May 21, 2019

HB 16-1174: Limiting the Ability of the Director of the Department of Revenue to Contest Claimed Conservation Easements

On February 1, 2016, Rep. Becker introduced HB 16-1174Concerning a Perpetual Conservation Easement in Gross Granted for Property in Colorado for Which a Tax Credit Claim has been Rejected. The bill was introduced in the House and assigned to the State, Veterans, & Military Affairs Committee, and was referred by that committee, unamended, to the Finance Committee. The Finance Committee amended the bill and referred it to Appropriations.

Under current Colorado law, a state income tax credit is allowed for a portion of the value of a perpetual conservation easement that is granted by a taxpayer on real property located in Colorado. This bill, if enacted, would restrict the ability of the executive director of the department of revenue to contest an appraisal and credit claimed for an easement donated prior to January 1, 2008, in which a final settlement has not been reached by July 1, 2016.

C.R.S. § 39-22-522 proposes that this restriction would apply unless the executive director can show two things. First, the restriction would not apply if the executive director is able to produce clear and convincing evidence of an overvaluation of the easement, confirmed in writing by the State Attorney General prior to a specified date. Second, if the valuation is supported solely by an appraisal from an appraiser convicted of fraud or misrepresentation in connection with preparing the appraisal.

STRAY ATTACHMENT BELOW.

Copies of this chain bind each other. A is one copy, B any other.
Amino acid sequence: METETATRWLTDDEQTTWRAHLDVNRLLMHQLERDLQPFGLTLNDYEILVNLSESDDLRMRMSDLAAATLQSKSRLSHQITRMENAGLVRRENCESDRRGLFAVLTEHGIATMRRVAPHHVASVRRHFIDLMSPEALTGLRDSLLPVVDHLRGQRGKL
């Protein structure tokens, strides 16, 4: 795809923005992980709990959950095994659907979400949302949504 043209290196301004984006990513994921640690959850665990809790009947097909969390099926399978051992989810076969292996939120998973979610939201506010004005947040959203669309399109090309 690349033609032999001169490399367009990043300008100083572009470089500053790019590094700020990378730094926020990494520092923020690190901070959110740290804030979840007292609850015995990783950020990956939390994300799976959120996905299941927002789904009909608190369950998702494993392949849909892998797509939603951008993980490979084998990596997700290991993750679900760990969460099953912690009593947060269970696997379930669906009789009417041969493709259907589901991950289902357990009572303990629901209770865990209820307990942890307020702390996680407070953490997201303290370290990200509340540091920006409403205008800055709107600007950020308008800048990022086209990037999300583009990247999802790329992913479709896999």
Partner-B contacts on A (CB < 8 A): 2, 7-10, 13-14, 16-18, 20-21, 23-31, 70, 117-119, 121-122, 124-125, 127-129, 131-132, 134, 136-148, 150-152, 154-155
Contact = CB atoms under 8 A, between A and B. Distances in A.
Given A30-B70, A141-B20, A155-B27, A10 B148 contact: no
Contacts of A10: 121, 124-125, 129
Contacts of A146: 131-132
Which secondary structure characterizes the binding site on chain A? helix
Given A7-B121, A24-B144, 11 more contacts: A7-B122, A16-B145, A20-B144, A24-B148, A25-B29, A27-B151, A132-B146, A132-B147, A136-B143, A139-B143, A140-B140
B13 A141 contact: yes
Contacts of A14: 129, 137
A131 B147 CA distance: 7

Currently, Colorado law allows for a conservation easement to be terminated in the same manner as any other easement. The proposed bill specifies, however, under C.R.S. § 38-30.5-107(2) that a court may exercise its equitable jurisdiction to terminate a conservation easement where a tax credit has been claimed in certain circumstances if the claim has been rejected.

Mark Proust is a 2016 J.D. Candidate at the University of Denver Sturm College of Law.